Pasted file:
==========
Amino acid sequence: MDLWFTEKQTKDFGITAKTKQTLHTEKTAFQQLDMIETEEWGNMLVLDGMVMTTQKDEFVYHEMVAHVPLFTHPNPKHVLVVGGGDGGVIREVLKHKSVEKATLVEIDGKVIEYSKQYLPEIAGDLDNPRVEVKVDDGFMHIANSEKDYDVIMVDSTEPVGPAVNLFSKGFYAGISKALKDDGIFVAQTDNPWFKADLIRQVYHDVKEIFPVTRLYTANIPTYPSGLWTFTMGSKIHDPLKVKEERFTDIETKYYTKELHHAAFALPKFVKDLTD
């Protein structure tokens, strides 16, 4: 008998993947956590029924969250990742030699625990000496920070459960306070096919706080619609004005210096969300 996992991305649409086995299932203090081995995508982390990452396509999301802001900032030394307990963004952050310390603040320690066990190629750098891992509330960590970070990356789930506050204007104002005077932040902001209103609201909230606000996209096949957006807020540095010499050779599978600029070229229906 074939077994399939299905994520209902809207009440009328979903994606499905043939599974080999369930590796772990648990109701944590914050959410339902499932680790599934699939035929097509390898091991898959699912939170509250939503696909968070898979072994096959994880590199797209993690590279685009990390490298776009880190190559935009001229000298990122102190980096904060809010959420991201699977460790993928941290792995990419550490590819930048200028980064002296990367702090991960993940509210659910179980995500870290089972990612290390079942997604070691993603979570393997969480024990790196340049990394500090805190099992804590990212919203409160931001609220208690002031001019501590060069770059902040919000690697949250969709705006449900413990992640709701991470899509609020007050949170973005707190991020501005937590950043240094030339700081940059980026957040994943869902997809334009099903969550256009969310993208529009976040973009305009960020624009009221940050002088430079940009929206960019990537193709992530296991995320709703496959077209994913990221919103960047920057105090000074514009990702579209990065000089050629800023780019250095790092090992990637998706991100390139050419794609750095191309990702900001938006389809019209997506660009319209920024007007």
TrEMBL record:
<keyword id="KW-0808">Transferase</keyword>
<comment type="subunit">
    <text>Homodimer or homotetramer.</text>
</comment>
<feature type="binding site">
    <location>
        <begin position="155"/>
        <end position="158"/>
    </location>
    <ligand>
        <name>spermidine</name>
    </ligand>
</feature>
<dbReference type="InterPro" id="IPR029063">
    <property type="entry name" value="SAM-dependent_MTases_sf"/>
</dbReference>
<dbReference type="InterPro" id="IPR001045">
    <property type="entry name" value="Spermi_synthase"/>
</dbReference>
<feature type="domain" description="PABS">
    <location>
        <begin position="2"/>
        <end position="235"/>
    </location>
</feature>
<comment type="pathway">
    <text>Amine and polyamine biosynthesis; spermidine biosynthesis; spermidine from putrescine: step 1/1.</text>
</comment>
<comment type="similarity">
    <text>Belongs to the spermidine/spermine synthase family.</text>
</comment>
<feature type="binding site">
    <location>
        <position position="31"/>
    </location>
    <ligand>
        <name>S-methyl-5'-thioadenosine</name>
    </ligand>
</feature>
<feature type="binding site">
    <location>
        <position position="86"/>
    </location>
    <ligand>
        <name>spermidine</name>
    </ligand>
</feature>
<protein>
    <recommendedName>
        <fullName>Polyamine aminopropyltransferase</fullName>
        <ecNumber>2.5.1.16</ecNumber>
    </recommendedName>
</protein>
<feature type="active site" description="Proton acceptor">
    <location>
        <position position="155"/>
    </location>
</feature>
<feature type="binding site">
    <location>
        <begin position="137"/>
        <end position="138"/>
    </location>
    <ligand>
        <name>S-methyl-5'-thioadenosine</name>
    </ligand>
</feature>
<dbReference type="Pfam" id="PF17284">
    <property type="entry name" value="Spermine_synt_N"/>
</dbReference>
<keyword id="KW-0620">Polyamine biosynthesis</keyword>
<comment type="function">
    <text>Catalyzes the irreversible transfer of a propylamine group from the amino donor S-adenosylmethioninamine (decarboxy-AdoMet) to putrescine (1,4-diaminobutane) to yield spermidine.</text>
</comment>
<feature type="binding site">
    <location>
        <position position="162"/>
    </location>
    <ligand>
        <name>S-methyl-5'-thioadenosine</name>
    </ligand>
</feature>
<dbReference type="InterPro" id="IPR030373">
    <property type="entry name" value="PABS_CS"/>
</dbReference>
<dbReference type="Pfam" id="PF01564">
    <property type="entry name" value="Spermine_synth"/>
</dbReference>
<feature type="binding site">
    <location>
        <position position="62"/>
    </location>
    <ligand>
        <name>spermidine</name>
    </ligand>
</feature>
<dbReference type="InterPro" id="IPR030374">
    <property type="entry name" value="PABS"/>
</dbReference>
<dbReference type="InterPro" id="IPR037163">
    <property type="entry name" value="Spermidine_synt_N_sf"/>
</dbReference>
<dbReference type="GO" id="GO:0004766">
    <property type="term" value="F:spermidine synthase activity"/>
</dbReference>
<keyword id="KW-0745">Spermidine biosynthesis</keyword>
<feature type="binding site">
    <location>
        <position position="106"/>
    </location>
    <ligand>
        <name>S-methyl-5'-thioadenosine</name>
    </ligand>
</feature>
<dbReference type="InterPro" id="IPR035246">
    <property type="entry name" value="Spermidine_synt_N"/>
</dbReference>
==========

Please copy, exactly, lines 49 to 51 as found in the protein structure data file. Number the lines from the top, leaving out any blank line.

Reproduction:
    </ligand>
</feature>
<protein>